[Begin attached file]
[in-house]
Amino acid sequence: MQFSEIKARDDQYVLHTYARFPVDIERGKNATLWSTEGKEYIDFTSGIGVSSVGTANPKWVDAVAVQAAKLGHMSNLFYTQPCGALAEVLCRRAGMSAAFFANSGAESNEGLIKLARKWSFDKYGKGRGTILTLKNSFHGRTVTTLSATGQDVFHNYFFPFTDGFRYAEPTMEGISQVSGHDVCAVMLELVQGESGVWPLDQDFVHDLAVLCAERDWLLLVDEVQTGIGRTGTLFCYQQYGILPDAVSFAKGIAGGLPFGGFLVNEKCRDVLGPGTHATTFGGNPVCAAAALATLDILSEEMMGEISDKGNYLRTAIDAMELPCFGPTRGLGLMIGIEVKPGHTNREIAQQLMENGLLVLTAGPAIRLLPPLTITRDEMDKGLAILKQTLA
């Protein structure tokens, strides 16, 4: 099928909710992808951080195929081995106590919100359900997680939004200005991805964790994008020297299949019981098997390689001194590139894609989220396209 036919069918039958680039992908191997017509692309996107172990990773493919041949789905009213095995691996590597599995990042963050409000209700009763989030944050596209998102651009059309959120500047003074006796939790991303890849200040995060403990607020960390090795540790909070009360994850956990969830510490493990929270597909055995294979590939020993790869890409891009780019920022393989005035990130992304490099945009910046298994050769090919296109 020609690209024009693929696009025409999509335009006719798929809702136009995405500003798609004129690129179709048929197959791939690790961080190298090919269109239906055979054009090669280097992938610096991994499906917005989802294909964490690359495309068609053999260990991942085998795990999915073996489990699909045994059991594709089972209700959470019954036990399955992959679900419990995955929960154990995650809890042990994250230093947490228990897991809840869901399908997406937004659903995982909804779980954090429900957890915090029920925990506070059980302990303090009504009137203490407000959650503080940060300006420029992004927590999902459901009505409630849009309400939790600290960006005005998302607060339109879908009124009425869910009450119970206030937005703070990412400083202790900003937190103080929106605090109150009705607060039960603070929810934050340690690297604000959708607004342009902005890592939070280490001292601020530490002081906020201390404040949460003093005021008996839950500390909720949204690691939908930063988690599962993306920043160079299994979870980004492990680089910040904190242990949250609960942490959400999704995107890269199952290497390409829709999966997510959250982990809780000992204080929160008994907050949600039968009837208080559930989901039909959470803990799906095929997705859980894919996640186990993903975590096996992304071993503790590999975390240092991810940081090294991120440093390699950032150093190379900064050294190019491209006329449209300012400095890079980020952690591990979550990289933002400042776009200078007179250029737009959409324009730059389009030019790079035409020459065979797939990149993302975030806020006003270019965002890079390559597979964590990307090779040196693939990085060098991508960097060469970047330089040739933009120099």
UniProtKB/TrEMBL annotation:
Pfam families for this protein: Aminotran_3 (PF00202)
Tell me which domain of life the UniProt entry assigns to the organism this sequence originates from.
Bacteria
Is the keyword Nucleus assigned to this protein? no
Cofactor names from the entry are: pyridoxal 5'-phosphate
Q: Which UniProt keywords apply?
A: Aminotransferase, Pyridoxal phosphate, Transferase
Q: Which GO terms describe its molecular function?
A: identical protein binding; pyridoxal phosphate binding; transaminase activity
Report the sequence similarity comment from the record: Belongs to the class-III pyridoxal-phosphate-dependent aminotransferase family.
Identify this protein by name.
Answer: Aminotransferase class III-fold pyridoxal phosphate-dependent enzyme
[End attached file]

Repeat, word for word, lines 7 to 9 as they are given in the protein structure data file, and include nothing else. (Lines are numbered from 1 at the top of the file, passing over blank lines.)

Bacteria
Is the keyword Nucleus assigned to this protein? no
Cofactor names from the entry are: pyridoxal 5'-phosphate